The Test Kitchen Answers All Your FAQs

Ever wonder what it's really like to work in the Taste of Home Test Kitchen? Culinary Director Sarah Farmer and Food Editor James Schend answer your most frequently asked questions.

Culinary Director <a href=Photo: Taste of HomeSarah Farmer and Food Editor James Schend” width=”1024″ height=”683″ />

Approximately how many recipes are tested each week?

Sarah: Around 25 to 30 recipes per week. Many eyes scrutinize our contributors’ recipes with the goal of making sure we deliver quality, trusted recipes that work each and every time.

How many recipes do you read/interact with per day?

Sarah: I work with recipes throughout the day. I review them for grocery ordering and prepping instructions, and schedule recipes for testing, styling and videoing. But the way I most prefer to interact with our recipes is to EAT them!

James: It varies from day to day. On days when I’m reading through contest entries, I’ll read 300 to 400 recipes in a day. On a normal day, I’ll review 50 to 100 recipes.

Do you get to spend your day nibbling on all the creations the TK whips up?

Sarah: Yes! Eating strawberry cheesecake for breakfast is a very tough job, but somebody’s gotta do it! After the Test Kitchen and Visual Production teams are finished with the recipes, they’re brought to an area in our office called the food bar. It’s a magical (but dangerous) place where staffers can nosh on the leftover food. At any one time, you might see eight different kinds of cookies sitting there, along with some grilled pork chops and a half-empty pan of Pizza Monkey Bread. It’s no wonder this hallway is the most traveled space in our office!

James: Fortunately for those of us in the Editorial Department, the food bar is on a different floor, so the temptation isn’t as great. However, we do tend to eat more than normal office workers. We usually attend formal taste testings twice a day and occasionally have an informal one in our office. It’s great motivation to go to the gym every morning.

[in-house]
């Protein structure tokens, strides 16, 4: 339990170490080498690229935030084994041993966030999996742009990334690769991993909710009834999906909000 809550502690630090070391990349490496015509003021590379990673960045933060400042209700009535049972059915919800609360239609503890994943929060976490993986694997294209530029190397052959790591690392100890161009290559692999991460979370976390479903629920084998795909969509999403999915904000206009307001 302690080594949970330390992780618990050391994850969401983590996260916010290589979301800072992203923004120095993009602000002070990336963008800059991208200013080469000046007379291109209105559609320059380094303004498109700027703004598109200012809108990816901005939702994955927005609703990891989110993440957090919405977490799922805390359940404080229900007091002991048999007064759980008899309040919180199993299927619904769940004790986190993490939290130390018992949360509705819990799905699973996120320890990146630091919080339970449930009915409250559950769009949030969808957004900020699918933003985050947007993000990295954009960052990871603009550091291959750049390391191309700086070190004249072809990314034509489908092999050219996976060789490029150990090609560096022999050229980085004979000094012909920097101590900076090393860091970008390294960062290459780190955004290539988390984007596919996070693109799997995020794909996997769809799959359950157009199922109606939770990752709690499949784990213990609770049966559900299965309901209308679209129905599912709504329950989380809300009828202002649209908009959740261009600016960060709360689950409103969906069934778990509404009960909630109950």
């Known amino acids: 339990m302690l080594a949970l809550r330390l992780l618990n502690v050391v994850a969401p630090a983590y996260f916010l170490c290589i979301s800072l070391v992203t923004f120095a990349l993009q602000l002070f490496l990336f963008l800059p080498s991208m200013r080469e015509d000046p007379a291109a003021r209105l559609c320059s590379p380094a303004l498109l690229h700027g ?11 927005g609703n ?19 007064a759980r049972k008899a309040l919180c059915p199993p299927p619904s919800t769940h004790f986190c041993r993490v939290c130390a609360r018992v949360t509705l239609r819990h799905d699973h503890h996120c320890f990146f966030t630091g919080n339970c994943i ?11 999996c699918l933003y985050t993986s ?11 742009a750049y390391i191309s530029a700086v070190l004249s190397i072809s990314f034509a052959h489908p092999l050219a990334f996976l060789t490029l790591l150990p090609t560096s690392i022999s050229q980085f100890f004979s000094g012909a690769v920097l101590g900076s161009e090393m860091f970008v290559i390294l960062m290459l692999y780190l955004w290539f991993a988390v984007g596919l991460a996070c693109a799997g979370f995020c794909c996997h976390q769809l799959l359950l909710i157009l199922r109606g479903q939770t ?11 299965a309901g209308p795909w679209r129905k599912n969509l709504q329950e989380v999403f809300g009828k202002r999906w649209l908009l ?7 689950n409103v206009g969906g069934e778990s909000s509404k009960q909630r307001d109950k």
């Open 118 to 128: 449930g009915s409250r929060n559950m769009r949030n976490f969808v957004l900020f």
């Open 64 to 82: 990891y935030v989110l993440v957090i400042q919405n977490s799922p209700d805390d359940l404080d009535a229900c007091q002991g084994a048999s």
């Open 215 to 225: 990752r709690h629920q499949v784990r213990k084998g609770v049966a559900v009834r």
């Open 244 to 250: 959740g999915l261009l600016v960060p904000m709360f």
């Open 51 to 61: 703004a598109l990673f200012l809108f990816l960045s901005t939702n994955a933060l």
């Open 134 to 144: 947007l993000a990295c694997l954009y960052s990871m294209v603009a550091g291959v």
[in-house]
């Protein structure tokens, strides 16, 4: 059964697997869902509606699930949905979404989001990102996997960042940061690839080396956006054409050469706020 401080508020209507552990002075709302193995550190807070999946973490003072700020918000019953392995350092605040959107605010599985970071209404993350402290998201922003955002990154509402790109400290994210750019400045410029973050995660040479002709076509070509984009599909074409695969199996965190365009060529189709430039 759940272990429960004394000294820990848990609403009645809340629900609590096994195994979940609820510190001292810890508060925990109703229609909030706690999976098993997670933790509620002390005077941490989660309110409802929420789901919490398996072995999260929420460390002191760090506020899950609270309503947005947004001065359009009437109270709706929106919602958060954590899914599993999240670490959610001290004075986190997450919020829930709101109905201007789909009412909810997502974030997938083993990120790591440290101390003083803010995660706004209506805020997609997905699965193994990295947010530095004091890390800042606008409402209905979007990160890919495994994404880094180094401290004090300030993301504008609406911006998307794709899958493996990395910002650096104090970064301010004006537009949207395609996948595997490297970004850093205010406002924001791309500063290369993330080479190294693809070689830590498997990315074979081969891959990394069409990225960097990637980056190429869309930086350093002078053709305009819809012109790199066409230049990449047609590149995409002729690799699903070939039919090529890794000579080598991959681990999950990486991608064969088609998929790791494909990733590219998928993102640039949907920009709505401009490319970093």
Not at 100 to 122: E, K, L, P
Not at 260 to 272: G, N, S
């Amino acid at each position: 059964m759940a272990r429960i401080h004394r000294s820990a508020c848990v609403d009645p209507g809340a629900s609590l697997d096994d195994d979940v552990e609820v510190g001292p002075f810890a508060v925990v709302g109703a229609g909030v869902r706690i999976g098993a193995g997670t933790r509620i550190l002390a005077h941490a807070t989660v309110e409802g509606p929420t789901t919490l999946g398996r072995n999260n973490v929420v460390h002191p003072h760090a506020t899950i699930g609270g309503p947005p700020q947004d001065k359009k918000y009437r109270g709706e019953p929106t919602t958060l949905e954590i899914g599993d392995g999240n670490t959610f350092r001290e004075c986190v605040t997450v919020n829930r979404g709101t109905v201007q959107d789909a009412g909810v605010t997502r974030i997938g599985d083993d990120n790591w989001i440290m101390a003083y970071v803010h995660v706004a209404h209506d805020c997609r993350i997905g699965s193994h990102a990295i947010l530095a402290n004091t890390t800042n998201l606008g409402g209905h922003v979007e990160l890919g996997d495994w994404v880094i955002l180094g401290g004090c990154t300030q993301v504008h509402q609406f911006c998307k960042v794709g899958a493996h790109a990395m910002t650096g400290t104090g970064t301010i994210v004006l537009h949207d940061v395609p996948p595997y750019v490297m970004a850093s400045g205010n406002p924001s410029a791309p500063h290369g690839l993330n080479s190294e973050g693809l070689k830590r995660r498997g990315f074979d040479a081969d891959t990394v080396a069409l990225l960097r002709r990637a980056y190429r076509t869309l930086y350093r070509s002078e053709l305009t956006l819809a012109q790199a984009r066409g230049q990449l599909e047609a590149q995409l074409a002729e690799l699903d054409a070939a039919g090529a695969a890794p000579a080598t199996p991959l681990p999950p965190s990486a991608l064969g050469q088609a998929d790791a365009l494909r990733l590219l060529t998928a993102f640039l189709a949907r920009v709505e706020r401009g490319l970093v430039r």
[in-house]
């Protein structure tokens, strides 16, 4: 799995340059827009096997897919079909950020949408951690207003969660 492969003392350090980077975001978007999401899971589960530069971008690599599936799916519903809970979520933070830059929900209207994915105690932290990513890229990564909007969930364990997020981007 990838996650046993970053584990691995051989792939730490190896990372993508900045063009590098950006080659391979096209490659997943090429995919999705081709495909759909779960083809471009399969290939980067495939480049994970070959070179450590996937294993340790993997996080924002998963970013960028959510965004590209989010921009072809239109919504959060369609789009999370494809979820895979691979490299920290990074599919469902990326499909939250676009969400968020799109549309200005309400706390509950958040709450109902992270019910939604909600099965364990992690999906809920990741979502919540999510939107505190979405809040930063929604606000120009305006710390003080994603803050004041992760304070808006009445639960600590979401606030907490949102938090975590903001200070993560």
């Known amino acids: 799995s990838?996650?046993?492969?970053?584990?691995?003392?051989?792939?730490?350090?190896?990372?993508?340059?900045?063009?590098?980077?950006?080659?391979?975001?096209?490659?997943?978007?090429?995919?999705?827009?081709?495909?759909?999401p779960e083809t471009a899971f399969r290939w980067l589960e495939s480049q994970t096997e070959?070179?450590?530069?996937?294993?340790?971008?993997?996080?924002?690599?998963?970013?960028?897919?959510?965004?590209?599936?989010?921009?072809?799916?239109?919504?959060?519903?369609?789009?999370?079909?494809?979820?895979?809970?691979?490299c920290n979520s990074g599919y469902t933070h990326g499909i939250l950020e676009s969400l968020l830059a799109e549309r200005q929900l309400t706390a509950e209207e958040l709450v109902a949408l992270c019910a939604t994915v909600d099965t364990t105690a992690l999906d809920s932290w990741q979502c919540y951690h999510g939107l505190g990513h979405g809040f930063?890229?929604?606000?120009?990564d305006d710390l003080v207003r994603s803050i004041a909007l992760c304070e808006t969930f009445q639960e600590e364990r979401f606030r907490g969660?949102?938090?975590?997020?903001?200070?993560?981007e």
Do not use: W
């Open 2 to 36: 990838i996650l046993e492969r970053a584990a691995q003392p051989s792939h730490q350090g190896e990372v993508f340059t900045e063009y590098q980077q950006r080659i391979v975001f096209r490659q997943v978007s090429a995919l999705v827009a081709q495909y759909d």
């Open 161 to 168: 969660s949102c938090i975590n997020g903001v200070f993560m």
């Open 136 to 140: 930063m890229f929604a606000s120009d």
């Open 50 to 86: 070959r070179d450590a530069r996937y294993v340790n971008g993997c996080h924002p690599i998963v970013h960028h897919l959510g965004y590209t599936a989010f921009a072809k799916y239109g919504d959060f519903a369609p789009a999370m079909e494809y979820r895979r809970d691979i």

How much food does the TK go through in a week?

Sarah: About 90 or so eggs, 25 gallons of milk and about 5 pounds of butter. In a year, the team works through 600 pounds of flour, 900 pounds of sugar, nearly 200 bunches of parsley and more than 2,700 cloves of garlic.

What does the TK look like?

Sarah: There are 22 ovens, 10 stovetop ranges, over 20 stand mixers and an entire room of small appliances, cooking tools and equipment (including a large fake turkey we use as a stand-in on the photographer’s set while the real Tom Turkey is roasting in the oven, getting beautiful for the camera.)

What’s the best cooking tip you’ve learned while working in the Test Kitchen?

Sarah: Weigh dry ingredients! It takes less time to weigh flour and other dry ingredients and it’s more accurate. The Test Kitchen uses OXO brand digital food scales. They’re reliable, affordable and available everywhere.

James: Sarah took my answer! I am a HUGE proponent of weighing flour, sugar and other dry goods that are used in larger quantities. I’ve learned so much while working here, but something that really stands out for me is a technique called spatchcocking. It’s where you cut out the backbone of a chicken or turkey and flatten it so it cooks in half the time and stays juicy. It’s very simple. Watch our video to learn the technique.

How long does it take to make those cool Taste of Home cooking videos?